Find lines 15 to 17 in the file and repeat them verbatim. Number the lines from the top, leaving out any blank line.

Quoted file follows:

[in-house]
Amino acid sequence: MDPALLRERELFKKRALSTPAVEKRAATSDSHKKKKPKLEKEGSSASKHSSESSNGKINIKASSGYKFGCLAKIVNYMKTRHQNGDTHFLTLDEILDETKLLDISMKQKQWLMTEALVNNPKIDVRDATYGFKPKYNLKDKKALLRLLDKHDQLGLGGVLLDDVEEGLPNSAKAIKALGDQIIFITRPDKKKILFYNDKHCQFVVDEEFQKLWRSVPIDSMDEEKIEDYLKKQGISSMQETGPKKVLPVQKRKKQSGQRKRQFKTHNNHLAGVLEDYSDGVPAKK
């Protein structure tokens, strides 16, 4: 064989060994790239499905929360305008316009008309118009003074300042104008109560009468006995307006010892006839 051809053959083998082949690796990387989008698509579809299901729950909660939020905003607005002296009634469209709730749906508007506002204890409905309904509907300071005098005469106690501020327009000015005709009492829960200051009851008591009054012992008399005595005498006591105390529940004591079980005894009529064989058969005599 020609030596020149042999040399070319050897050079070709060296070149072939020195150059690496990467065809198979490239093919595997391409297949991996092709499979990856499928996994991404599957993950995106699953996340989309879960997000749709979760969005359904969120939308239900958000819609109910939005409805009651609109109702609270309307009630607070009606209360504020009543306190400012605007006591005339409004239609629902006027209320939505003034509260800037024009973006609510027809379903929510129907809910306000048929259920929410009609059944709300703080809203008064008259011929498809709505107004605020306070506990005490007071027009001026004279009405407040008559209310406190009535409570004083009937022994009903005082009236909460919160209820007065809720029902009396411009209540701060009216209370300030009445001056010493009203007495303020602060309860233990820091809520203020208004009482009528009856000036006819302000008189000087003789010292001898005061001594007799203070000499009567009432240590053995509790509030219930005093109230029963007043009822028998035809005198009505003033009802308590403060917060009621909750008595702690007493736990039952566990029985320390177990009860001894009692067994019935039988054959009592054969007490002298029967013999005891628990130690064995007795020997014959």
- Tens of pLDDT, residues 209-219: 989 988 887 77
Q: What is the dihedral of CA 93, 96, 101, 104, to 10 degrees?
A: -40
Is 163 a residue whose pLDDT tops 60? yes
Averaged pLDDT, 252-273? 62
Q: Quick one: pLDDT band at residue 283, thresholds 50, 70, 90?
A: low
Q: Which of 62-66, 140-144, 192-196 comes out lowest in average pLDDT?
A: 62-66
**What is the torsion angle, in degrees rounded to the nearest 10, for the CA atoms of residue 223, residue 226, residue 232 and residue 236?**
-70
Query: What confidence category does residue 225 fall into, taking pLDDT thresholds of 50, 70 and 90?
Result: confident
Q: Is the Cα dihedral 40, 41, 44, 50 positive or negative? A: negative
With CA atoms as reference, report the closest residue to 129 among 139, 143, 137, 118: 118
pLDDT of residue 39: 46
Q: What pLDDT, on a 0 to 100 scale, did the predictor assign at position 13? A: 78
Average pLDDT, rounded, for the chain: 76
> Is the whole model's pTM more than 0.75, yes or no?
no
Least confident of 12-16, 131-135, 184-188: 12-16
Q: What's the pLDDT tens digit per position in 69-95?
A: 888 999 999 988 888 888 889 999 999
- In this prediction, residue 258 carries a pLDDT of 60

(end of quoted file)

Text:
Query: What confidence category does residue 225 fall into, taking pLDDT thresholds of 50, 70 and 90?
Result: confident
Q: Is the Cα dihedral 40, 41, 44, 50 positive or negative? A: negative